This month I would like to pick up where we left off a few issues back, writing about the certain mystique of the old guitar and what some people go through in seeking out that perfect prize: The one instrument the artist might happen upon that stirs the creativeness within each of us.
The story I will share this month is about the last time Jackson Browne came to Louisville to perform. I believe it was '95 or '96. Somehow, he got wind of our shop having a Gibson reverse model Firebird and also of our having a Weissenborn Hawaiian lap steel guitar. Now, Gibson Firebird guitars are not an everyday item, but they can be found. The Weissenborn, on the other hand, is a rare piece. Given the crazy schedule of a performer on tour, I didn't think it the least unusual when someone from Jackson Browne's camp inquired about the possibility of us opening our shop after he performed at Louisville Gardens. They figured around midnight would be good. Well, what's a poor boy to do but say "come on down."
You've got to figure that after leaving it all onstage for two hours, the last thing a performer wants to do is go shopping at midnight. Some good food, a shower and a bed seems more like it. But these darned old guitars. My, how they can tempt and stir the special ‘something' within. Perhaps it's the guitar's personal history, the life it has lived, so to speak, that's calling upon the artist to coax it out. Perhaps it's the certain tone, or the way it feels in your hands.
I should point out that not all old guitars are going to carry such an aura. Many of them have not stood the test of time. Maybe the previous owners didn't provide the proper care needed to maintain a vintage instrument, or maybe it just wasn't that good to begin with. Manyold guitars are just that - aging relics.
So with this in mind, we get back to Jackson Browne and his midnight quest. Weissenborn guitars are very unique instruments. They are similar to a dulcimer, except they have six strings and a raised nut. You play them with a steel bar, like a steel guitar. Their particular design, construction and materials give them a very unique and beautiful tone. David Lindley is someone in the current era who uses one. I would assume this is how Jackson Browne came to be influenced. They are very rare, made in California in the 1920's. If you want one, well, you are going to have to look around.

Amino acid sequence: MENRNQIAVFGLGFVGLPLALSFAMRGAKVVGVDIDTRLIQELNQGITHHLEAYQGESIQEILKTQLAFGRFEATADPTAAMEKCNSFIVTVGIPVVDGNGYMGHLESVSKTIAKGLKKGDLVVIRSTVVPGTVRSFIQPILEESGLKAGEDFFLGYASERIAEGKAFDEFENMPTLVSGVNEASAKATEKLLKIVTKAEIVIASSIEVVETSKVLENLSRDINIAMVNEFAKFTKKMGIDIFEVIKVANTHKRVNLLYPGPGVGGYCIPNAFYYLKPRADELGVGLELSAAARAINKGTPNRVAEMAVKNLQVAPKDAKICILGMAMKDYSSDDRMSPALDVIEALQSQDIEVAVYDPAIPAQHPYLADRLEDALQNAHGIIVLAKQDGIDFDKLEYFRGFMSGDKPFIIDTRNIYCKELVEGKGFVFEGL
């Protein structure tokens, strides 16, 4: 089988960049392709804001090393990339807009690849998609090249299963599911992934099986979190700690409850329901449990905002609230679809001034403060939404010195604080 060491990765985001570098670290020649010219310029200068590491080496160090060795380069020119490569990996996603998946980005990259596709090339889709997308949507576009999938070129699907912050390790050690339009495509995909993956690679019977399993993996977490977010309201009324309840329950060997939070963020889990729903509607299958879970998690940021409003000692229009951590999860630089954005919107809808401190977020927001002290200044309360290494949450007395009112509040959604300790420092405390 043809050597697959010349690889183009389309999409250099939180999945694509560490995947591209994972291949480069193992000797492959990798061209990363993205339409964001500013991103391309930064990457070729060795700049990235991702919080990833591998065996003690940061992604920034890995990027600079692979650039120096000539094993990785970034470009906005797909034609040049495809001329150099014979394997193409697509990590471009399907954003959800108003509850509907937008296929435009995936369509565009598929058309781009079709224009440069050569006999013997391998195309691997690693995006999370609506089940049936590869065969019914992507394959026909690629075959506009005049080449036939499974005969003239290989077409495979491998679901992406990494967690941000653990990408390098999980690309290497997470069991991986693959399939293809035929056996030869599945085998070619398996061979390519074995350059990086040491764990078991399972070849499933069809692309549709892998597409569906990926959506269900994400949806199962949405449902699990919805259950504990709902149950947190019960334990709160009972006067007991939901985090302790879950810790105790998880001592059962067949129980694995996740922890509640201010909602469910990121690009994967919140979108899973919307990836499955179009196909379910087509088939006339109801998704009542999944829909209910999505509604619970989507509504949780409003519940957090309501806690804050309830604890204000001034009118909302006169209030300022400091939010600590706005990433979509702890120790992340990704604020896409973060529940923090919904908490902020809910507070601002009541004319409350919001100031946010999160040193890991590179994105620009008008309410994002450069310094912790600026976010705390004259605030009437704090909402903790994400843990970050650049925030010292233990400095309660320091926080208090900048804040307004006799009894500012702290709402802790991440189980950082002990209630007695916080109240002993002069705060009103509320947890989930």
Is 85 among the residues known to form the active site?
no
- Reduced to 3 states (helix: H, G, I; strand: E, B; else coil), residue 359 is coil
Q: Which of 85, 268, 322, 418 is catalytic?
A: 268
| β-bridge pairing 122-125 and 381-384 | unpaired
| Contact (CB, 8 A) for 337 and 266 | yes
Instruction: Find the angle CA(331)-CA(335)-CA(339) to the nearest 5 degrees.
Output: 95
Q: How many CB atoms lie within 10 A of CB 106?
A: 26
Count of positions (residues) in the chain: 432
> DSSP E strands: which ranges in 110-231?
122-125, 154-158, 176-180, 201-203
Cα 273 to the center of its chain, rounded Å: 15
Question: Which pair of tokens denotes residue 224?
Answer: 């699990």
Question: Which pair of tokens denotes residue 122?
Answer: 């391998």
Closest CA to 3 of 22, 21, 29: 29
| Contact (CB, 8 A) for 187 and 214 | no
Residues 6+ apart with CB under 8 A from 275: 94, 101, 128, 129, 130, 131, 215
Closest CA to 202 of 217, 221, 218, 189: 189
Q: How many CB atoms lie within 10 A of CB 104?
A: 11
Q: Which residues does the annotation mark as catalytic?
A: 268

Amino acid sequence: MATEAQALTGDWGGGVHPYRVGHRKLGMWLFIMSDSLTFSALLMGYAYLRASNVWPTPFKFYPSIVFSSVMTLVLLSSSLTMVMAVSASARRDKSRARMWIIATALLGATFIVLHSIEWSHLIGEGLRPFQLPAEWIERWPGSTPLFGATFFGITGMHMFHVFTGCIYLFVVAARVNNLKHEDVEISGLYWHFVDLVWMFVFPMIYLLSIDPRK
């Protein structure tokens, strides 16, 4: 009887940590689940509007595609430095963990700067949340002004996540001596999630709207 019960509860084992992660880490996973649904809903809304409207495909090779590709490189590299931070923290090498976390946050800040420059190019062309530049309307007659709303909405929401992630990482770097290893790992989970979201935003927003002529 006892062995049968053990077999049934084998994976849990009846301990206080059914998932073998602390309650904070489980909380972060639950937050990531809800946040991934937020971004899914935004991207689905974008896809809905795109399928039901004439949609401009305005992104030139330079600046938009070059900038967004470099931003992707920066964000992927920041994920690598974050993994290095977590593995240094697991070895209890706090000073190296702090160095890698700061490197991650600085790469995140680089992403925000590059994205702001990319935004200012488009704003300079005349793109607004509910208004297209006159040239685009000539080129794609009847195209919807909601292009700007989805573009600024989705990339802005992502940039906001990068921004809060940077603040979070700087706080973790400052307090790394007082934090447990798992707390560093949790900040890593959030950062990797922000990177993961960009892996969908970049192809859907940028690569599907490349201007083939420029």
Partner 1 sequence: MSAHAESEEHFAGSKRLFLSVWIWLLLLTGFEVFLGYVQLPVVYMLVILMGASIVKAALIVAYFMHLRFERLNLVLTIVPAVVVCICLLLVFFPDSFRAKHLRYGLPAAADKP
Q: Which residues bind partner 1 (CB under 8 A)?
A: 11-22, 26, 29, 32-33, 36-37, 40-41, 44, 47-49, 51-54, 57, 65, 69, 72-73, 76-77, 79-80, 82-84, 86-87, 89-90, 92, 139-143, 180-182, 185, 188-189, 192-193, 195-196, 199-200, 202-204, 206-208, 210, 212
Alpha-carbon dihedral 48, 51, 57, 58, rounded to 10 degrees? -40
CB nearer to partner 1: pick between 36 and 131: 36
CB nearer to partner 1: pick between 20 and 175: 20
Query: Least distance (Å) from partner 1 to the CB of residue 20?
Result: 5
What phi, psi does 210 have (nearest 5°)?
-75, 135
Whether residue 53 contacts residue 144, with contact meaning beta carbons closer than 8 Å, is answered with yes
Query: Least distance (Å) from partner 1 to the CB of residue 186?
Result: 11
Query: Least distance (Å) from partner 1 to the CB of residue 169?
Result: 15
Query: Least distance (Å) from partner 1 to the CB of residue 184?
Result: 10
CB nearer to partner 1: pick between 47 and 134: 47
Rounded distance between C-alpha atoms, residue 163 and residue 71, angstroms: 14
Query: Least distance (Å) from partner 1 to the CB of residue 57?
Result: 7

For Jackson Browne, food, shower, and sleep would just have to wait. Here was an opportunity that couldn't be passed up. So, sure enough, around midnight, the tour bus pulls up and Browne and company pile out and come on in. Like kids in a toy store, any hour is a good hour to play around.
The Weissenborn we had was frankly pretty rough and in need of serious restoration, which we had yet to begin working on. Jackson decided to pass on it, in the hope of finding one that was ready to go. The Gibson Firebird was another thing. These guitars, designed by Gibson in conjunction with ideas from automobile designers in the early 60s, were an attempt to design a futuristic eyecatcher. If NASA and Detroit got together, this is what they might come up with.
The Gibson Firebird was a muted space age Explorer with a soon-to-be-popular auto name tag. The result of all this was a guitar with an attitude. You cannot put this guitar on and not be noticed. A little awkward with its backwards, upside down headstock and tuners, and overall appearance that seems to be taking off while you're still holding it, the Firebird immediately changes your being. Like riding a wild stallion, you had better let it know who is in charge right away, or you will be in trouble. But once that is settled, what a charge it can be.
For an acoustic guitar/piano-oriented songwriter like Jackson Browne, the Firebird is just the catalyst for breaking new ground. By shopping at the midnight hour, he was able to strap it on and mess around a little while without an audience. He could get use to the awkwardness without having to feel awkward himself. Sometimes we need a little privacy while working out this stuff.
For Jackson Browne, something clicked just right and he left that night with a new old guitar. One that, hopefully, helped him create some new magic.
So, I guess that's all for now. Until next time, keep rockin'.